Respect.

The original chapter can be read here (at least in part), through Google books.

Is there a clear way to define a ‘biological’ sex?

One of the most fundamentally obvious things people might think when they’re asked what ‘Gender Studies’ actually is, is that it may look at differences between men and women… in some way. An interesting question to ask might be what actually is it that makes a man ‘a man’ and a woman ‘a woman’? It’s not as obvious as one may think.

When this question was first asked in a legal context (roughly 50 years ago), three factors were used to define ‘biological sex’: the chromosomes of an individual, what gonads (ovaries or testes) they possess, and their genitals. This is overly simplistic as it turns out that many different combinations of these three factors exist than the two categories everyone was assumed (or expected?) to fall into.

The rest of this post will contain science. For anyone apprehensive, I dare you to read on. I double dare you.

We are all told in school that with regards to chromosomes, men = XY and women = XX. For many people this is true. On the Y chromosome, which is a small, stumpy little thing, lies a gene called SRY, which stands for ‘Sex Determining Region Y’. It is responsible for unspecified gonads in a foetus to develop into testes. Seems pretty straightforward. However this area of the Y chromosome can in rare cases cross over to an X chromosome. If this X chromosome is then inherited, an individual who is XX but in all other ways ‘male’ (gonadally, genitally, and in appearance when older) will result. If the SRY-less Y chromosome is inherited, then the foetus will be XY, but otherwise ‘female’. Because sex on a birth certificate is decided just from someone taking a cursory glance, these conditions may be undiagnosed until the age of puberty, or sometimes not at all.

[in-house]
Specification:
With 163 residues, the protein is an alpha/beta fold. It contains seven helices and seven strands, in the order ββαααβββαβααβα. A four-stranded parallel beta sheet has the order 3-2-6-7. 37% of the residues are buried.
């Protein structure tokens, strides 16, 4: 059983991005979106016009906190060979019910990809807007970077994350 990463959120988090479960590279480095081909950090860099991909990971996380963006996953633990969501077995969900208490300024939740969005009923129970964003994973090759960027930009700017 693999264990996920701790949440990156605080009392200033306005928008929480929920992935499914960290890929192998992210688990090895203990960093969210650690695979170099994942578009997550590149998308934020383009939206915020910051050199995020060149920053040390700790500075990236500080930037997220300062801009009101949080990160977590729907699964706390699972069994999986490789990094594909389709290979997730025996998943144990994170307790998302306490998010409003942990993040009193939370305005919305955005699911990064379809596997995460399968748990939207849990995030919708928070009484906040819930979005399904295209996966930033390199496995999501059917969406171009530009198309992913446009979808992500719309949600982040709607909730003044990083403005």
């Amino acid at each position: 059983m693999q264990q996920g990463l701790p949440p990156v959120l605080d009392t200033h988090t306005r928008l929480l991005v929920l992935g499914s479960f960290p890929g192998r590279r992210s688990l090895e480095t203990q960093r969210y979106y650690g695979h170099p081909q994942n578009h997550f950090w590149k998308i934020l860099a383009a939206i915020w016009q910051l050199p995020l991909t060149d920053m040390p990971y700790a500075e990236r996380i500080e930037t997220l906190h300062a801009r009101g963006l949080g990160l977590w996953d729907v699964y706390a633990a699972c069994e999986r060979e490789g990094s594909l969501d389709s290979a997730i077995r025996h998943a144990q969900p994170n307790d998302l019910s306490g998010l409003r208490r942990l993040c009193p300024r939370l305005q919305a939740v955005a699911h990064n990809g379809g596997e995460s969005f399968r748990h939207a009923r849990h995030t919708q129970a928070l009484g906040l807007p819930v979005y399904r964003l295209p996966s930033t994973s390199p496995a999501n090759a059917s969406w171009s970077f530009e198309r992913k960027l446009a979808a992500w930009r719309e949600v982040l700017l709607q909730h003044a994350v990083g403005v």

Individuals who possess a SRY gene will develop testes. Testes then produce testosterone, which is responsible for the development of typically male external genital structures (penis and scrotum) and internal genital structures (the bits needed for reproduction inside that aren’t the testicles themselves – mainly specific tubes).

Before sexual differentiation, all foetuses possess two structures where their internal sex organs will be, called the Müllerian and Wolffian structure. Testes produce a substance called ‘Anti-Müllerian Hormone’ (AMH), which causes the Müllerian structure to regress. The testosterone produced by the testes causes the Wolffian structure to develop into male internal structures. Lack of testosterone prevents the Wolffian structure from developing and causes it to regress, and lack of  AMH allows the Müllerian structure to develop into ‘female’ parts.

The ‘triggering amount’ of testosterone needed to cause penis and scrotum development is lower than the amount needed to make Wolffian structures develop – so if a foetus has a condition that results in lower levels of testosterone (and there are quite a few that can), the result will be someone without the corresponding male internal organs to match the external ones.

Whilst there are many, many different genetic conditions that can make fitting clearly into a ‘social sex box’† problematic, there are a couple that illustrate the potential ambiguity in defining sex very well.

The first of these is called CAH, or Congenital Adrenal Hyperplasia. This is a mutation in a gene which causes a particular enzyme the body normally produces, to not work. This enzyme is essential for the production of the substance cortisol, and so people with CAH cannot produce cortisol. The result of this is that the hypothalamus (the region of the brain which monitors certain hormone levels among other things) says: